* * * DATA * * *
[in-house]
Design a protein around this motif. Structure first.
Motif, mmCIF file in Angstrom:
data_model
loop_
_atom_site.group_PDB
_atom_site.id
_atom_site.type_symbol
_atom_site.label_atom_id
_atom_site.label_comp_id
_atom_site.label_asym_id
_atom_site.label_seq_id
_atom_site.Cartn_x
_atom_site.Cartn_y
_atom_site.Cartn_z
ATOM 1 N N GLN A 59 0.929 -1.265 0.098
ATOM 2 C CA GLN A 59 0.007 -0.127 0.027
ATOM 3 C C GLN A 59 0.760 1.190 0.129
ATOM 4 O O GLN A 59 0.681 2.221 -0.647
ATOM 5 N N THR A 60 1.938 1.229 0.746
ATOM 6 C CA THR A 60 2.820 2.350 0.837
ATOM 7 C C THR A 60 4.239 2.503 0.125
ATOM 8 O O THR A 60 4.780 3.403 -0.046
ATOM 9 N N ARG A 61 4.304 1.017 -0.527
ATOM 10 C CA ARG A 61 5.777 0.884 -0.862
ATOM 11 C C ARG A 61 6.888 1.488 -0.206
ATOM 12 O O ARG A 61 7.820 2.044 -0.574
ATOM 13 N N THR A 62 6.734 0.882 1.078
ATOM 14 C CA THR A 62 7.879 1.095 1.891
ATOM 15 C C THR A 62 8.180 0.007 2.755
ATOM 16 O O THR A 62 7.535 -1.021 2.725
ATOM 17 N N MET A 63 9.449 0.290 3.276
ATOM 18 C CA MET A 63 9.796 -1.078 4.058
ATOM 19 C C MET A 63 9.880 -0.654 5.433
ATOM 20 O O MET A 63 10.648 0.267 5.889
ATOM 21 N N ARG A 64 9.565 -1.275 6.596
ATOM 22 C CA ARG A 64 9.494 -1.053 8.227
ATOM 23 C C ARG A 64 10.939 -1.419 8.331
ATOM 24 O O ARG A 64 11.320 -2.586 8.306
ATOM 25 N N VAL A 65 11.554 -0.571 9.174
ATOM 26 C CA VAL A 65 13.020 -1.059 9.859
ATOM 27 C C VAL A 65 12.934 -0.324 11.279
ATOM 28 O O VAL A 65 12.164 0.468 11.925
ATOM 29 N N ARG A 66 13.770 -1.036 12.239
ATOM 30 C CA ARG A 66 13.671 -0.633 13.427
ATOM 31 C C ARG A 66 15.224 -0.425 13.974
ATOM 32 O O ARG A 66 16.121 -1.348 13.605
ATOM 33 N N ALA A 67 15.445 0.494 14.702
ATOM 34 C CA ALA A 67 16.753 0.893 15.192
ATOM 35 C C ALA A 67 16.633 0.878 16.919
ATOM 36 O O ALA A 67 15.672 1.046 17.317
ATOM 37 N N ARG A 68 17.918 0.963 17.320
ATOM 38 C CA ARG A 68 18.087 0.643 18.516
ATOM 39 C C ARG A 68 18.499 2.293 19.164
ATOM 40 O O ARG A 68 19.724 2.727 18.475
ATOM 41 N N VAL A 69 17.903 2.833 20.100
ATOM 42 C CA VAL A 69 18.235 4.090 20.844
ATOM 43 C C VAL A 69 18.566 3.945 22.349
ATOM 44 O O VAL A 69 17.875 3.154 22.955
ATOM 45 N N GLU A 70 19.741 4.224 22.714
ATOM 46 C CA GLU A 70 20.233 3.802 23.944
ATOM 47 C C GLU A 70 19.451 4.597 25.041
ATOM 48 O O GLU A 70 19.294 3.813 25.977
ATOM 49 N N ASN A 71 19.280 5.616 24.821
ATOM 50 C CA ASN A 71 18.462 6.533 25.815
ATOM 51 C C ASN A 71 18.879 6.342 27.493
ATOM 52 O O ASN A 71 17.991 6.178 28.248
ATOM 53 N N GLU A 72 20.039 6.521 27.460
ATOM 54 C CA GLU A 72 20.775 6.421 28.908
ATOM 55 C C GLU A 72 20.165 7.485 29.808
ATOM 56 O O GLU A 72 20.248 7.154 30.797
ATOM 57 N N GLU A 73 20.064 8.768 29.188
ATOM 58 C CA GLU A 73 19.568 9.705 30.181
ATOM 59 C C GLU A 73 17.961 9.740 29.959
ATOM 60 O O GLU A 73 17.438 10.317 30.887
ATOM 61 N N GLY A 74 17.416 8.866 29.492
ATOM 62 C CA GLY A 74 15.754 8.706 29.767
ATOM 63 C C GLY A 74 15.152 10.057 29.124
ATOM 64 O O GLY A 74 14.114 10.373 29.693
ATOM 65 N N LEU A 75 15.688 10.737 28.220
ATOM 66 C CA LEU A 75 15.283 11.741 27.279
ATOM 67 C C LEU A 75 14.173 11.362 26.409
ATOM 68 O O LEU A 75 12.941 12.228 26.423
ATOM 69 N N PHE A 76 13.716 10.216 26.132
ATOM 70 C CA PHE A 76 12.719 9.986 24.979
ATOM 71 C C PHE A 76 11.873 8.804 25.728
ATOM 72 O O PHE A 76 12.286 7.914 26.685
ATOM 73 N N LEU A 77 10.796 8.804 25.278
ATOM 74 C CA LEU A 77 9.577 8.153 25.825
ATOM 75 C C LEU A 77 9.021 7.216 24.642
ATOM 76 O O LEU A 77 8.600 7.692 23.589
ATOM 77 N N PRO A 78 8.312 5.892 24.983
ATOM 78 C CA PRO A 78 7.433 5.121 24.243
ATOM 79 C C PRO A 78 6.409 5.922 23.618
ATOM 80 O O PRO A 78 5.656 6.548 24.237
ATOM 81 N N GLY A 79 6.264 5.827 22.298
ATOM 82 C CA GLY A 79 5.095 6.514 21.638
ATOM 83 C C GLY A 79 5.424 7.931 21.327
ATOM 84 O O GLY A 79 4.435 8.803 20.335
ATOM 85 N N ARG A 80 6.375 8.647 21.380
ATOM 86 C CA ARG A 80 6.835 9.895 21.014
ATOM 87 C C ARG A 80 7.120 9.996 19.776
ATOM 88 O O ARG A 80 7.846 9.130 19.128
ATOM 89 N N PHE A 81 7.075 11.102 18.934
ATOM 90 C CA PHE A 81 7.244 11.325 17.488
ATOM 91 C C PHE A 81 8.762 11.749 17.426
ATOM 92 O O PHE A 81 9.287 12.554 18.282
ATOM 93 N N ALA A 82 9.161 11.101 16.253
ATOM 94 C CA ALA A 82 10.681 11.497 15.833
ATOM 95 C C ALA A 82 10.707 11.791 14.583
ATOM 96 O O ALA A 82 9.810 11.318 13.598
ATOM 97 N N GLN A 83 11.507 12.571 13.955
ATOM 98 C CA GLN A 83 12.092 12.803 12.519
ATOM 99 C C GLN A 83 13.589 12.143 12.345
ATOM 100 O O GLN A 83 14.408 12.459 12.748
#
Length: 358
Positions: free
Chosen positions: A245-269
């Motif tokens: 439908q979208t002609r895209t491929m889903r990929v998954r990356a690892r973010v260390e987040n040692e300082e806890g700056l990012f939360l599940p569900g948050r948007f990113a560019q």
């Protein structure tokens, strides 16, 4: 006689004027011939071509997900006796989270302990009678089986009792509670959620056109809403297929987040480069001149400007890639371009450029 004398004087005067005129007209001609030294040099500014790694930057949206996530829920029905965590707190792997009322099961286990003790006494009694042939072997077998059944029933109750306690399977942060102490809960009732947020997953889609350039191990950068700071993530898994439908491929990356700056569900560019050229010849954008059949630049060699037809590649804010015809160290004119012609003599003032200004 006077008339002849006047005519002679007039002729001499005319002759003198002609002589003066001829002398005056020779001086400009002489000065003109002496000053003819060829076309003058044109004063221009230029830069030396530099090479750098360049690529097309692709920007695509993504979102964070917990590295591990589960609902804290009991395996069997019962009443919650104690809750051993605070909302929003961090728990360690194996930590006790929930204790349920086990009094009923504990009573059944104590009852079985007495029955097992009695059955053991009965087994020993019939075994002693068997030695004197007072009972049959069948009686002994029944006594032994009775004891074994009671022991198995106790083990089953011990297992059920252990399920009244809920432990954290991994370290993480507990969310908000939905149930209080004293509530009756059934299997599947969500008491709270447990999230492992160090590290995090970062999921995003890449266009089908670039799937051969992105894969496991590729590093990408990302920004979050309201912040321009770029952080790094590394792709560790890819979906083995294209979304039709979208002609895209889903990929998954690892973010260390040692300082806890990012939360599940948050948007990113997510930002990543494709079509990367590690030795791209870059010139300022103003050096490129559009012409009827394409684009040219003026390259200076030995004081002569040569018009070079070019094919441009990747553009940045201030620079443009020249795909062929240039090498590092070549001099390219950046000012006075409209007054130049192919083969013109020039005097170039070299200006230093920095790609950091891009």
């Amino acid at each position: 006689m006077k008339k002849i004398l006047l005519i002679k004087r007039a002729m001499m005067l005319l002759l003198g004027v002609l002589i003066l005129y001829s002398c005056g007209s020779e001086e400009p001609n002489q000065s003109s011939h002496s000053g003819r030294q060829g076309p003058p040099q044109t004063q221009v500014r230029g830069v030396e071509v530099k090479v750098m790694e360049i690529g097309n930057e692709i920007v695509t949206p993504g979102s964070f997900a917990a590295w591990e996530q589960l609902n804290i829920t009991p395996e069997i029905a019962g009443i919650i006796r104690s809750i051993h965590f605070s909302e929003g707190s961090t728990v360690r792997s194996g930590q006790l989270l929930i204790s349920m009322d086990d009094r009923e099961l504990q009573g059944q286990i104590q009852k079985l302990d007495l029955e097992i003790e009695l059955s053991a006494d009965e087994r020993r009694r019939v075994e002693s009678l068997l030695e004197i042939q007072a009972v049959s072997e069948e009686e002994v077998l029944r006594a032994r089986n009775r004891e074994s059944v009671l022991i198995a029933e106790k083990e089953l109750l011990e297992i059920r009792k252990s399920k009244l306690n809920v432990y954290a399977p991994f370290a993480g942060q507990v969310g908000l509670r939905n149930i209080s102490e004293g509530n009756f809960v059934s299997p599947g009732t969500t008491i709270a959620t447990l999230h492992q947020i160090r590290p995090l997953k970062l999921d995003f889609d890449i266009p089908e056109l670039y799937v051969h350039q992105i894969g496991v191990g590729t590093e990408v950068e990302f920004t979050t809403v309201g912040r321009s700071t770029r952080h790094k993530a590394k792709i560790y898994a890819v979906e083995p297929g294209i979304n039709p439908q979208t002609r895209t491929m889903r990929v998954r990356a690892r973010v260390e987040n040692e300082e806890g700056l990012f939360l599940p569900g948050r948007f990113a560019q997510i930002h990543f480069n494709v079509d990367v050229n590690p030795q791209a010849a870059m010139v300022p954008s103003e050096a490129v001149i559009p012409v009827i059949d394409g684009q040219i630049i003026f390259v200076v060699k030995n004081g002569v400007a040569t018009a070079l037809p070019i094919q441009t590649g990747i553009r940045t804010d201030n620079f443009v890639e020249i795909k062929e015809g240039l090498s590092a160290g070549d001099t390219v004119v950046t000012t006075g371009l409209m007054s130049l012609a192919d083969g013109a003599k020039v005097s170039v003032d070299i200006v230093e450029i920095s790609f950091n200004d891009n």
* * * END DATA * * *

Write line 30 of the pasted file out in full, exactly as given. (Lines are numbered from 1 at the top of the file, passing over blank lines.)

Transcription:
ATOM 15 C C THR A 62 8.180 0.007 2.755